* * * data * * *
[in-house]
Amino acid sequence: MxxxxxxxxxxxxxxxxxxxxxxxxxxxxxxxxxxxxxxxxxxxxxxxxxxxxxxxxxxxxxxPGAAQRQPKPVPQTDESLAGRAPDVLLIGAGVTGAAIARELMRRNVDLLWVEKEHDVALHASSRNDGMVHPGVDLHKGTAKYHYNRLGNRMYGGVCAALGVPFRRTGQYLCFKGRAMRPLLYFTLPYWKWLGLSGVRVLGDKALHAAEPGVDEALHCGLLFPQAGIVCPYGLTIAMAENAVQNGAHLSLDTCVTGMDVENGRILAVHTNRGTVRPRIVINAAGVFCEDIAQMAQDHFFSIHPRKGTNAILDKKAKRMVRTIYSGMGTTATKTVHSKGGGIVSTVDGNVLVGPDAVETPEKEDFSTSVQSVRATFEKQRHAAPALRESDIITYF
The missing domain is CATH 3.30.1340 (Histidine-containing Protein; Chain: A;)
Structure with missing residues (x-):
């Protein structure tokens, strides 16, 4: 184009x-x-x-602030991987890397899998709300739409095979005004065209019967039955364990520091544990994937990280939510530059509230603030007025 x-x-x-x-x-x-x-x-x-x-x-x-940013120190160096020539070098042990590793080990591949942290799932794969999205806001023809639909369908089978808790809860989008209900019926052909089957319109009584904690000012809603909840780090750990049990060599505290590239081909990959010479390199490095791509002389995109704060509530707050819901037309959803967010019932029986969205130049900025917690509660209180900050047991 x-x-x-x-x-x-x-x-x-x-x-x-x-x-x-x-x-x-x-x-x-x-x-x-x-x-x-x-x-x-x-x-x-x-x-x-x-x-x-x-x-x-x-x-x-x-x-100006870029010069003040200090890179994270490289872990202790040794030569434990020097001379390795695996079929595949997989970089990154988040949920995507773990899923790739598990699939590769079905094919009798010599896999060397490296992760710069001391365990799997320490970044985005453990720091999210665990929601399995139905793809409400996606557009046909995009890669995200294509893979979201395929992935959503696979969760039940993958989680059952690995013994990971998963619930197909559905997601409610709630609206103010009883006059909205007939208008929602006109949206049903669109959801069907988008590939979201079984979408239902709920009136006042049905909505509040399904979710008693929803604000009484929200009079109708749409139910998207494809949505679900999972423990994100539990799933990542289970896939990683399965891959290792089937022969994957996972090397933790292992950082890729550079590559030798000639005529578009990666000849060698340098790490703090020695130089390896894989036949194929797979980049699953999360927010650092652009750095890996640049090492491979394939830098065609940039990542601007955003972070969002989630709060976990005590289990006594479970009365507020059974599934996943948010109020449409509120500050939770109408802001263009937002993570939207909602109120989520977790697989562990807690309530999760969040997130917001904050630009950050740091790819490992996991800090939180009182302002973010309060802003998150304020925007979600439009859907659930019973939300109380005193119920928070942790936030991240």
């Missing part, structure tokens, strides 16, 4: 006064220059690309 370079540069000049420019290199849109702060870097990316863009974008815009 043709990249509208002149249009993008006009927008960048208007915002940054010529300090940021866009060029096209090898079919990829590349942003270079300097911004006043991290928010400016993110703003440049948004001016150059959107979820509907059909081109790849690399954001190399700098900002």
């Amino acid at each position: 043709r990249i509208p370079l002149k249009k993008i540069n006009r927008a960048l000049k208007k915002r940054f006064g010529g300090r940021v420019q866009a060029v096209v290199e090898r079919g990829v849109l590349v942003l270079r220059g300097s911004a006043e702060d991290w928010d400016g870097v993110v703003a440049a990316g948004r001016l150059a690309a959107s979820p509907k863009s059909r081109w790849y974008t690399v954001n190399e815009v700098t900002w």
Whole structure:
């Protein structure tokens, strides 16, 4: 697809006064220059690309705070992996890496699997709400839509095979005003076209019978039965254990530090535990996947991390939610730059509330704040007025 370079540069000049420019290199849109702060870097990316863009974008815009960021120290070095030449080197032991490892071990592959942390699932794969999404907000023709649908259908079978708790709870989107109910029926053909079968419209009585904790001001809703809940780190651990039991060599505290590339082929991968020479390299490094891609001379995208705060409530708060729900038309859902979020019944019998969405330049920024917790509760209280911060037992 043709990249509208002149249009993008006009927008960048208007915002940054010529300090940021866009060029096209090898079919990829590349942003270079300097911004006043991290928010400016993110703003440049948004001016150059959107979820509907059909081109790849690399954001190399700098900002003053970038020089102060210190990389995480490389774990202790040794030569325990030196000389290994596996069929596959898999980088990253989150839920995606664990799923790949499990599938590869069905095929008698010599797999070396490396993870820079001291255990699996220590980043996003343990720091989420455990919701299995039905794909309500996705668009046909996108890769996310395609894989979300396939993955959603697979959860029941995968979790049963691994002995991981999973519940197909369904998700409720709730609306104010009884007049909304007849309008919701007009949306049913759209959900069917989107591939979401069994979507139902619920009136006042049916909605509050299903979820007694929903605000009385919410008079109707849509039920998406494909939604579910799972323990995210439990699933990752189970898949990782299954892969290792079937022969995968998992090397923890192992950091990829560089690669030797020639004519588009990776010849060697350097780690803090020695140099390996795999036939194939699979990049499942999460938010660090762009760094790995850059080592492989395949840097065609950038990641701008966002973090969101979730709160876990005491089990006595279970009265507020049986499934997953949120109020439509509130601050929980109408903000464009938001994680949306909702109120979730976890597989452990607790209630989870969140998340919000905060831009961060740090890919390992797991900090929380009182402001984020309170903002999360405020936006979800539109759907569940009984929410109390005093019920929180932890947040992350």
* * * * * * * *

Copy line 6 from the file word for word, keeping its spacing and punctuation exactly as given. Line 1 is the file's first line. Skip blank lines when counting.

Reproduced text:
């Missing part, structure tokens, strides 16, 4: 006064220059690309 370079540069000049420019290199849109702060870097990316863009974008815009 043709990249509208002149249009993008006009927008960048208007915002940054010529300090940021866009060029096209090898079919990829590349942003270079300097911004006043991290928010400016993110703003440049948004001016150059959107979820509907059909081109790849690399954001190399700098900002």